"Regular people know that they got done in by excesses on Wall Street, and they see a Democratic administration shoveling trillions of dollars to the same Wall Street banks that caused the mess. . . . What is overdue is a little bit of populist retribution against the people who brought down the system -- and will bring it down again if the hegemony of the traders is not constrained."--Economist Robert Kuttner arguing for a "Tobin tax"
In the midst of the worst recession since the Great Depression, Goldman Sachs is having a banner year. According to an October 16 article by Colin Barr on CNNMoney.com:
"While Goldman churned out $3 billion in profits in the third quarter, the economy shed 768,000 jobs, and home foreclosures set a new record. More than a million Americans have filed for bankruptcy this year, according to the American Bankruptcy Institute. A September survey of state finances by the Center on Budget and Policy Priorities think tank found that state governments faced a collective $168 billion budget shortfall for fiscal 2010. Goldman, by contrast, is sitting on $167 billion in cash . . . ."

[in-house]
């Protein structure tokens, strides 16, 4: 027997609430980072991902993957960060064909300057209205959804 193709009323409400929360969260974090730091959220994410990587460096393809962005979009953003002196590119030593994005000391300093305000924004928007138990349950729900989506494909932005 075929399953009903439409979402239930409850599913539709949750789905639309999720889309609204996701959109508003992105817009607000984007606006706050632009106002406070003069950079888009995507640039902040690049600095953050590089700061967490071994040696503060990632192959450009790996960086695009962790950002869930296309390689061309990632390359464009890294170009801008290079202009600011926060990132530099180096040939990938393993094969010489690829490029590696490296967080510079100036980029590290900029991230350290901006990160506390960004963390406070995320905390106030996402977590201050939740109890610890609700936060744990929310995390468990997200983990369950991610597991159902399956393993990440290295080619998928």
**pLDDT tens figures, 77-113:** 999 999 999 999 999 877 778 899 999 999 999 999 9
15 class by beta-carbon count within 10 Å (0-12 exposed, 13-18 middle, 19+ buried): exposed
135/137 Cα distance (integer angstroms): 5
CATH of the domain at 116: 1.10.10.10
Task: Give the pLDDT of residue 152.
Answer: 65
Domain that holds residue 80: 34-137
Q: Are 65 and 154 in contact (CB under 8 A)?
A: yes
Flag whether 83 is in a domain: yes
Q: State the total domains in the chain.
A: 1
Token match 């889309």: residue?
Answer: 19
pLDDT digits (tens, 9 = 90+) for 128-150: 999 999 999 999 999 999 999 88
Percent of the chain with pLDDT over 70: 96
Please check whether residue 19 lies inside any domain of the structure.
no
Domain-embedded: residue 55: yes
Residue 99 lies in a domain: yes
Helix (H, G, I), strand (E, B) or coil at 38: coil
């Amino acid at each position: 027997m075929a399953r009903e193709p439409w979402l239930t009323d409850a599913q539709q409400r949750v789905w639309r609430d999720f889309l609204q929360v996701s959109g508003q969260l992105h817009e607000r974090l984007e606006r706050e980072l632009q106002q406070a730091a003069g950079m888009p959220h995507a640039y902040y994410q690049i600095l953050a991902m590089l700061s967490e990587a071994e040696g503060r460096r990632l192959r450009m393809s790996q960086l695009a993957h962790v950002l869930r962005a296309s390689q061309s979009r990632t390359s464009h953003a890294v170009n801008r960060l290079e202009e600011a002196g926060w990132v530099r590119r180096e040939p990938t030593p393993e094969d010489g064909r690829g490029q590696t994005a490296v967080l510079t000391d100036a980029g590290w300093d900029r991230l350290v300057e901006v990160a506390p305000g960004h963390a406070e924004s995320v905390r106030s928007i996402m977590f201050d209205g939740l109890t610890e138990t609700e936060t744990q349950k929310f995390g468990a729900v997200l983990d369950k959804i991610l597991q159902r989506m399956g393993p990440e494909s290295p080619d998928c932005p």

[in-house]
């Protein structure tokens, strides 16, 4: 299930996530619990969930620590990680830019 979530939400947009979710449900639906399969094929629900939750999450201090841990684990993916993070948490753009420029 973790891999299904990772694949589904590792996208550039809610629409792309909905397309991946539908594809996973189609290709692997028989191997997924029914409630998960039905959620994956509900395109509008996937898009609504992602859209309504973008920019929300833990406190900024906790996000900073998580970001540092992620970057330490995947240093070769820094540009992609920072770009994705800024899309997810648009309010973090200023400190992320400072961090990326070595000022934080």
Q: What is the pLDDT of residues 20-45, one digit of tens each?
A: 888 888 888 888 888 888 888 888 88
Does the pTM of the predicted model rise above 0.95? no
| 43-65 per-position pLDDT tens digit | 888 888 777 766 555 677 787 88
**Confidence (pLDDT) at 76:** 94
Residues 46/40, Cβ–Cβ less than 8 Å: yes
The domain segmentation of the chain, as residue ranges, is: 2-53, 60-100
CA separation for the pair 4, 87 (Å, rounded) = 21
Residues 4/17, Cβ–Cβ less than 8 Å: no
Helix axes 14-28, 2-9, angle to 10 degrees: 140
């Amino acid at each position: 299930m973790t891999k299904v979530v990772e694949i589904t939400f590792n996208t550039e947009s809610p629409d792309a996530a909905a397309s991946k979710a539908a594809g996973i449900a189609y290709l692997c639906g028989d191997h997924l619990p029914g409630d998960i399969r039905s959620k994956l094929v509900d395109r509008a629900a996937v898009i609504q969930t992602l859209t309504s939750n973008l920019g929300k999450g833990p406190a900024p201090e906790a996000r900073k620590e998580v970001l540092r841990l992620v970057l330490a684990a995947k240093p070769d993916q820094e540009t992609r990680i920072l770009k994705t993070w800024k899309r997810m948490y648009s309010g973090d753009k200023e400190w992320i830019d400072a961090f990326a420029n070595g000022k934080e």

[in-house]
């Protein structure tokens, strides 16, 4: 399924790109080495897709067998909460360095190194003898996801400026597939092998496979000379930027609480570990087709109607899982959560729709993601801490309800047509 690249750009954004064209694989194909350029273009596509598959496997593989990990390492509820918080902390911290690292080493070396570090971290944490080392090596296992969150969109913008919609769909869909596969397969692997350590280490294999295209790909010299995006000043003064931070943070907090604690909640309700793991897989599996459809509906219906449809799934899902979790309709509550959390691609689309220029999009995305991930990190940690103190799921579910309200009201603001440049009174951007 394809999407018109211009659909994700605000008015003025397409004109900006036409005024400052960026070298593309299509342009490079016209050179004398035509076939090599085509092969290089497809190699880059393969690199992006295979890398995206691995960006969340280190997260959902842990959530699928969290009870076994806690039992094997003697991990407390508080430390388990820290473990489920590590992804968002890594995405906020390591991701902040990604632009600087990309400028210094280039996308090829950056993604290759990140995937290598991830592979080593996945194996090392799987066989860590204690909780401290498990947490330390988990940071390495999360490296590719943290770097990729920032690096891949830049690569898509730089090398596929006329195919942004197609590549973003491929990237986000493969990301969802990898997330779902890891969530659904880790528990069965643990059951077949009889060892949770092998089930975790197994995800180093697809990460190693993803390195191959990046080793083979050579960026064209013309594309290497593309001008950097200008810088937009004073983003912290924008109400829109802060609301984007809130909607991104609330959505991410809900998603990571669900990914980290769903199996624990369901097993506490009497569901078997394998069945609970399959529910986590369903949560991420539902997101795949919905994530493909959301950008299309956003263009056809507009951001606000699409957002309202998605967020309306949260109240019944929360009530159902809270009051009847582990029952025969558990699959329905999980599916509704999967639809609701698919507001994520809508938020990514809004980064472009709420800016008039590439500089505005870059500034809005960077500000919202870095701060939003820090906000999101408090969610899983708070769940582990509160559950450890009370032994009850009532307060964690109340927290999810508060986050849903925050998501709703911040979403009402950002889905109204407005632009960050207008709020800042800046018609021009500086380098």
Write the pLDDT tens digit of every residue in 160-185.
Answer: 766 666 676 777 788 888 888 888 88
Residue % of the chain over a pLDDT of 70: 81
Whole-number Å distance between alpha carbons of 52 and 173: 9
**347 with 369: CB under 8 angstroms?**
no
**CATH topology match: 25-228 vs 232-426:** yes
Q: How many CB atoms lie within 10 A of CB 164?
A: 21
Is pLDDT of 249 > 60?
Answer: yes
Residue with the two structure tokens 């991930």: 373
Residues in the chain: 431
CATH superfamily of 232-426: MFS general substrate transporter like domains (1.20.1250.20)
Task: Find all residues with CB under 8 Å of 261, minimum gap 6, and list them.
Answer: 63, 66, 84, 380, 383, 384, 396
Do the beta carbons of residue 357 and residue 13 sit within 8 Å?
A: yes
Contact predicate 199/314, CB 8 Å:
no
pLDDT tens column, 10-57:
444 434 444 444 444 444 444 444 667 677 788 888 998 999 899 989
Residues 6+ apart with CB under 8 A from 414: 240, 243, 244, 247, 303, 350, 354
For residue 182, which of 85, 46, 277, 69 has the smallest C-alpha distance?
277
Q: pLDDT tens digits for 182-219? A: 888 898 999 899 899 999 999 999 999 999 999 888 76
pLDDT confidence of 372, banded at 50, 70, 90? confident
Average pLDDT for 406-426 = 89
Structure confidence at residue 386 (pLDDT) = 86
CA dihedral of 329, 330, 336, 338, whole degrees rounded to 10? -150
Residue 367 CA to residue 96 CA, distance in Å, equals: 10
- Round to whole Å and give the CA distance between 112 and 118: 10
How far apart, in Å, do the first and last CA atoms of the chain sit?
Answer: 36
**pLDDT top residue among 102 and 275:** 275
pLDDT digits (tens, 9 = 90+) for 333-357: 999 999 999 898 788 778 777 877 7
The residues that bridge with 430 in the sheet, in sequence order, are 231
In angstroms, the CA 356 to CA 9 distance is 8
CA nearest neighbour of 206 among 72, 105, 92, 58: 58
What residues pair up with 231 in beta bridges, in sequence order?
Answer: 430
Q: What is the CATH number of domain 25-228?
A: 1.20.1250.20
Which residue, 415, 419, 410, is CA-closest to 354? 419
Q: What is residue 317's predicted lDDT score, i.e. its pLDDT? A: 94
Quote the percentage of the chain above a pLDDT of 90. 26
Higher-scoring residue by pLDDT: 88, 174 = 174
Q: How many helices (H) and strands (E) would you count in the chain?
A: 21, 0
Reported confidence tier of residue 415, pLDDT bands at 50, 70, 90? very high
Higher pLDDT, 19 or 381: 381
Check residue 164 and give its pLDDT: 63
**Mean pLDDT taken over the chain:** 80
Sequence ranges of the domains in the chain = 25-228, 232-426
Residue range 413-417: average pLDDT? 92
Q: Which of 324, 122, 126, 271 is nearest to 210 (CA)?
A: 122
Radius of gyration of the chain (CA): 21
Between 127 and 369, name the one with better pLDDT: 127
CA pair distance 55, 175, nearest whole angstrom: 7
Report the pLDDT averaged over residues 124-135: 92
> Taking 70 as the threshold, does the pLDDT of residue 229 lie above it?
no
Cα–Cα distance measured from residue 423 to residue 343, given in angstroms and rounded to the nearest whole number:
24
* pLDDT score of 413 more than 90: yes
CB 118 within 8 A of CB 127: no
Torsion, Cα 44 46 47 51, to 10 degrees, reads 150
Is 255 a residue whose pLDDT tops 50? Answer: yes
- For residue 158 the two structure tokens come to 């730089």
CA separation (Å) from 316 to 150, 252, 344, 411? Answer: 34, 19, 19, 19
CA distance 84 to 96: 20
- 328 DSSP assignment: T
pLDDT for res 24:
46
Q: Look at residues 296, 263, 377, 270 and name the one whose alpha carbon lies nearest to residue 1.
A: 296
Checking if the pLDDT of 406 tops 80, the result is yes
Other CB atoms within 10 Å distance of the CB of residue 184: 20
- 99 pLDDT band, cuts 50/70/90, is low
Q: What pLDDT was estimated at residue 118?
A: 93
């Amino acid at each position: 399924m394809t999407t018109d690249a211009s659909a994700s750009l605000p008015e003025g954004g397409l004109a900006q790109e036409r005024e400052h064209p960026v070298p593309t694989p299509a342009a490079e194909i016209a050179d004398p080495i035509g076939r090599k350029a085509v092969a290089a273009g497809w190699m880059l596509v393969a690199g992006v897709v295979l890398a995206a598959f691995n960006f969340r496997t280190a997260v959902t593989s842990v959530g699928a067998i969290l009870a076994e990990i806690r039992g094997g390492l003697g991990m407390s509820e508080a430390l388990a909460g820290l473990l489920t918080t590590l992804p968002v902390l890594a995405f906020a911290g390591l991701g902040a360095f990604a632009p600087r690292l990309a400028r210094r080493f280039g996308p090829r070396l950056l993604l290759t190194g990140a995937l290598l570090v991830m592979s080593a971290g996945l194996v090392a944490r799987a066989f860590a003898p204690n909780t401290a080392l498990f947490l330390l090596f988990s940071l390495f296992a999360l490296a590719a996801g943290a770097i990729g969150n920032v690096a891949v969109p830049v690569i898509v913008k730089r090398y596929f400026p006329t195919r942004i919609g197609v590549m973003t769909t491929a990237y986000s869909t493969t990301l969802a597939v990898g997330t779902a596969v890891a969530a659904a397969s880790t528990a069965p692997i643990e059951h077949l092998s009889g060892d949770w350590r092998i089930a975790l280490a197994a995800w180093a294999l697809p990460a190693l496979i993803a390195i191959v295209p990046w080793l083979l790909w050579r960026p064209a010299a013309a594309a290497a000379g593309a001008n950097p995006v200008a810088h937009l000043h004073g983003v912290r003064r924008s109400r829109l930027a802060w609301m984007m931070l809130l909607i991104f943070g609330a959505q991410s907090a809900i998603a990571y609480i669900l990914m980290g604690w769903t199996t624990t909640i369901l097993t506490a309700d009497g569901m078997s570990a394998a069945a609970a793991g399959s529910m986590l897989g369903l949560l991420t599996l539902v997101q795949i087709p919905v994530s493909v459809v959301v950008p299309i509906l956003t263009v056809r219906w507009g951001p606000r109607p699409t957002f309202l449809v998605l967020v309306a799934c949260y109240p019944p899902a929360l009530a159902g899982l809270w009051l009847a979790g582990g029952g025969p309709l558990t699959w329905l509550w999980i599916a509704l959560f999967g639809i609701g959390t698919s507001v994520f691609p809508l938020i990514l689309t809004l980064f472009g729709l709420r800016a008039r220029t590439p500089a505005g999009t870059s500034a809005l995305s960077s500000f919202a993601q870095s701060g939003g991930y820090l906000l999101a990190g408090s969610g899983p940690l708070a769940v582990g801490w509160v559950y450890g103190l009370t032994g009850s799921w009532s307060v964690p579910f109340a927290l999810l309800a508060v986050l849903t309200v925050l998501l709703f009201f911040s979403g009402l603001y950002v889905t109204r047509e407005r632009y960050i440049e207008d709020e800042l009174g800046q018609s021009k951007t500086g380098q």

Barr writes that Goldman's "eye-popping profit" resulted "as revenue from trading rose fourfold from a year ago." Really. Revenue from trading? Didn't we bail out Goldman and the other Wall Street banks so they could make loans, take deposits, and keep our money safe?
That is what banks used to do, but today the big Wall Street money comes from short-term speculation in currency transactions, commodities, stocks, and derivatives for the banks' own accounts. And here's the beauty of it: the Wall Street speculators have managed to trade in practically the only products left on the planet that are not subject to a sales tax. While parents in California are now paying 9% sales tax on their children's school bags and shoes, Goldman is paying zero tax to sustain its gambling habit.
That helps explain Goldman's equally eye-popping tax bracket. What would you guess -- 50%? 30%? Not even close. In 2008, Goldman Sachs paid a paltry 1% in taxes -- less than clerks at WalMart.